Removing fleas with the comb is easy. Of course, this won't get rid of the infestation, but it can help to reduce some of the annoying and uncomfortable bites while other treatments work to kill any developing fleas.



Flea Prevention for Dogs

Ultimately, the best flea treatment is prevention. You'll definitely agree with this if you've already dealt with a case! Seasonal flea treatments, regular grooming, and random spot checks will all help to reduce the possibility of flea infestations on your dog. 

Once you start noticing the signs of fleas, the female fleas have likely already started laying eggs. So get to them before they get to your dog using these preventative measures!

1.  Bug Spray

A bug spray with natural essential oils can help ward off bugs, including fleas. Citrobug Insect Hunt for Dog and Horses Spray is made from camphor, pine needles and geranium while being free from deet, harmful ingredients, and paraben so you can feel more at ease while your dog plays outside! 

Shop Citrobug

2. Flea Protection

Bayer K9 Advantix offers several topical once-monthly protection products that can help prevent and control an active flea problem. There are several options to choose from according to the size of your dog and the flea life stages. So whether they're smallmediumlarge, or extra-large, know that you're taking an extra step to protect your pet from fleas! This product starts working 12 hours after application and is waterproof after 24 hours.

Capstar Fast-Acting Oral Flea tablets start working within 30 minutes and are 100% effective against fleas after 24 hours.  It is a great flea and tick prevention.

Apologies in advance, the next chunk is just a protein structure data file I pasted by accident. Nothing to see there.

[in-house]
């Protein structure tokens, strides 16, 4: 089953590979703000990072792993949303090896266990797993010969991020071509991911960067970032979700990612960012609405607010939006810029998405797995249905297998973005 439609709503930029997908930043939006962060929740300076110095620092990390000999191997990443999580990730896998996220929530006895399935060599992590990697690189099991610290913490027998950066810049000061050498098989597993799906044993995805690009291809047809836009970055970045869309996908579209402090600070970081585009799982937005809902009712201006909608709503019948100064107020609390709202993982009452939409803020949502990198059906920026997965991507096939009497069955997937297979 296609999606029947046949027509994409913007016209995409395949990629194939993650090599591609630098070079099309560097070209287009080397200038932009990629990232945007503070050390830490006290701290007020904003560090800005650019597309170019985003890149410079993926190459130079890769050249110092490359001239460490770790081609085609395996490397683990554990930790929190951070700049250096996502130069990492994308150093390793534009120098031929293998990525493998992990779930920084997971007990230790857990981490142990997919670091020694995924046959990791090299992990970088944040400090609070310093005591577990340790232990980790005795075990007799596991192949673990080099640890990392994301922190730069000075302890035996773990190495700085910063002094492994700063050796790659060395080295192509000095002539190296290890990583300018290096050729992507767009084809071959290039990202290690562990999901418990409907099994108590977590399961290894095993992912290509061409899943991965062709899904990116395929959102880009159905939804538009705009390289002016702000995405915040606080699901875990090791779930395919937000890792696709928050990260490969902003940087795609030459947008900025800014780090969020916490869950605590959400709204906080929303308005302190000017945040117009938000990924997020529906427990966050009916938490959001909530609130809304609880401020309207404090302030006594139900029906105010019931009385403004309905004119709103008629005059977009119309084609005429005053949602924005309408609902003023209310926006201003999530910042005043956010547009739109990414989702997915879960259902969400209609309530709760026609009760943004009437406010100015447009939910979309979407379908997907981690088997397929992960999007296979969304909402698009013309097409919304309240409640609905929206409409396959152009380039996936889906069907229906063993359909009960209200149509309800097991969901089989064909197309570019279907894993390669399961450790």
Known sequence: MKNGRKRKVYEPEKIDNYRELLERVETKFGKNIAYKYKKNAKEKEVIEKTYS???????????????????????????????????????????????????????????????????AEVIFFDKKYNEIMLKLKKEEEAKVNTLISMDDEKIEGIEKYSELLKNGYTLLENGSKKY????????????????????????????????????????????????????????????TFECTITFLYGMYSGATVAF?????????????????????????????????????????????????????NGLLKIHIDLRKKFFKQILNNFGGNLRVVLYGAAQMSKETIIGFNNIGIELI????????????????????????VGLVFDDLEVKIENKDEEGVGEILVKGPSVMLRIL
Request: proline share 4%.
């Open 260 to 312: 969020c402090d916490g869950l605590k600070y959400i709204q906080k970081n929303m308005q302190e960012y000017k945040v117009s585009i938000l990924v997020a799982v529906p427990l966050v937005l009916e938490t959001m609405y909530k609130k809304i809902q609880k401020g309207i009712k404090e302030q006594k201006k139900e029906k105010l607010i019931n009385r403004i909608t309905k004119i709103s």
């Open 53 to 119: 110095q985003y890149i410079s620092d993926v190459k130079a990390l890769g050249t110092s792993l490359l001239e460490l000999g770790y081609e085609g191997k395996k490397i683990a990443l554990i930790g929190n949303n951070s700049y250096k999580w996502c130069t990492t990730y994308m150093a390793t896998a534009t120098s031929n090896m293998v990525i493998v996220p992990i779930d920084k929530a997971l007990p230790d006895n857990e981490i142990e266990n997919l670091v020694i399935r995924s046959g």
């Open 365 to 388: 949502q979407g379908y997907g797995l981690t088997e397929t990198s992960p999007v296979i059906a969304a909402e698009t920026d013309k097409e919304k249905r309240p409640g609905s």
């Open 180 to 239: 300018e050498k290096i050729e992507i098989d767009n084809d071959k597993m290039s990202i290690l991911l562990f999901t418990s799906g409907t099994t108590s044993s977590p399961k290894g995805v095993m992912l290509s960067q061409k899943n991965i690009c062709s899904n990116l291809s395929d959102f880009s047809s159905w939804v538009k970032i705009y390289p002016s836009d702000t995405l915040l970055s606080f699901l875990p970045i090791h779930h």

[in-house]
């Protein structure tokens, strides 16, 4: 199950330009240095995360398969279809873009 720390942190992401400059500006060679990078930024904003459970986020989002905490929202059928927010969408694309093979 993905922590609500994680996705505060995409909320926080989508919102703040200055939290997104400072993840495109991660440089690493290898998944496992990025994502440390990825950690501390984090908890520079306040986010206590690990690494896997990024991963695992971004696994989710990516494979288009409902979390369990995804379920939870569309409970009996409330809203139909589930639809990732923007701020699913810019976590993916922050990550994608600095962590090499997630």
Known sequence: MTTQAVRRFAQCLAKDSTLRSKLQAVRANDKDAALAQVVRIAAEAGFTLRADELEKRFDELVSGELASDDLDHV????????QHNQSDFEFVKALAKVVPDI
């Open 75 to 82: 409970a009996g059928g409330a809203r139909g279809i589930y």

3. Clean Often

Don't forget to wash your pet's bedding periodically in hot water and dry it on high heat or in the sun to kill any eggs or larvae that might be present. Vacuum carpets and sweep hardwood floors.

Vacuum your carpets often, especially wherever your pet likes to lounge around. Pay special attention to any crevices that are good hiding spots for fleas.

Diatomaceous earth can be used around your house to prevent fleas from spreading indoors. For example, you can treat carpets, furniture, and bedding with a light dusting of diatomaceous earth powder. 

what to do to get rid of fleas on dogs


Frequently Asked Questions

What are fleas and how do they affect dogs?

The insects are small, wingless insects that feed on the blood of animals. They can cause itching, skin rashes, and even transmit parasites to dogs if you handle fleas.

How can I tell if my dog has fleas?

If you notice your dog scratching excessively or see small black or brown dots on their skin or fur, they likely have the pests. You may also see flea dirt, which looks like small black specks, on your dog's bedding or in areas where they spend time.

Can other pets get fleas from my dog?

Yes, other pets in your household can also get fleas from an infested dog. It's important to treat all pets in the household to prevent the spread of the pests.

How do I get rid of fleas on my dog?

There are many treatment options available, including topical treatments, oral medications, and flea collars to kill fleas

How can I prevent my dog from getting fleas?

Regular grooming, vacuuming your home frequently, and using flea-preventative treatments can all help prevent the parasites from infesting your dog.

Can fleas be harmful to humans?

While biting insects prefer to feed on animals, they can also bite people and cause skin irritation. In rare cases, the biting insects can transmit diseases to humans, such as typhus or plague. It's important to take steps to prevent and eliminate flea infestations in your home to protect both your pets and your family.

Written by

Homes Alive Pets